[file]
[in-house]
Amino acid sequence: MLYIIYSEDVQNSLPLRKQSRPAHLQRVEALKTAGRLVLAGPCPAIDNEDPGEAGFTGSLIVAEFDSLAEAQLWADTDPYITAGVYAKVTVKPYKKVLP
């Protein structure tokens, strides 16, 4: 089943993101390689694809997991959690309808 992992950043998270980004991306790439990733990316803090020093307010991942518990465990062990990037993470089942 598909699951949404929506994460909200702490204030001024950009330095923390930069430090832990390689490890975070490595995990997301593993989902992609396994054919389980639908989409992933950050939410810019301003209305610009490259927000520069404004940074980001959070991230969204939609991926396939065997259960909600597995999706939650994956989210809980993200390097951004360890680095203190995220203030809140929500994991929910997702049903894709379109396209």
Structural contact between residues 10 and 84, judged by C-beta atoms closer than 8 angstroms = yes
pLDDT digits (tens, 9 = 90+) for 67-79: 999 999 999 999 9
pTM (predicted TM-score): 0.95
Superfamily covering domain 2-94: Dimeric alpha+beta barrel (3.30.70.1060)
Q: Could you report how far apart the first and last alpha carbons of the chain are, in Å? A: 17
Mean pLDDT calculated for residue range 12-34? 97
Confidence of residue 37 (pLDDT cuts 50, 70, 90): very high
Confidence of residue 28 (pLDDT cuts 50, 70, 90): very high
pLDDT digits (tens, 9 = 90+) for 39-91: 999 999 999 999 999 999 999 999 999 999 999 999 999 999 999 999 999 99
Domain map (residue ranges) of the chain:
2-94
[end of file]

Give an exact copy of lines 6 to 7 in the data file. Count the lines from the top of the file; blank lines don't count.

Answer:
pTM (predicted TM-score): 0.95
Superfamily covering domain 2-94: Dimeric alpha+beta barrel (3.30.70.1060)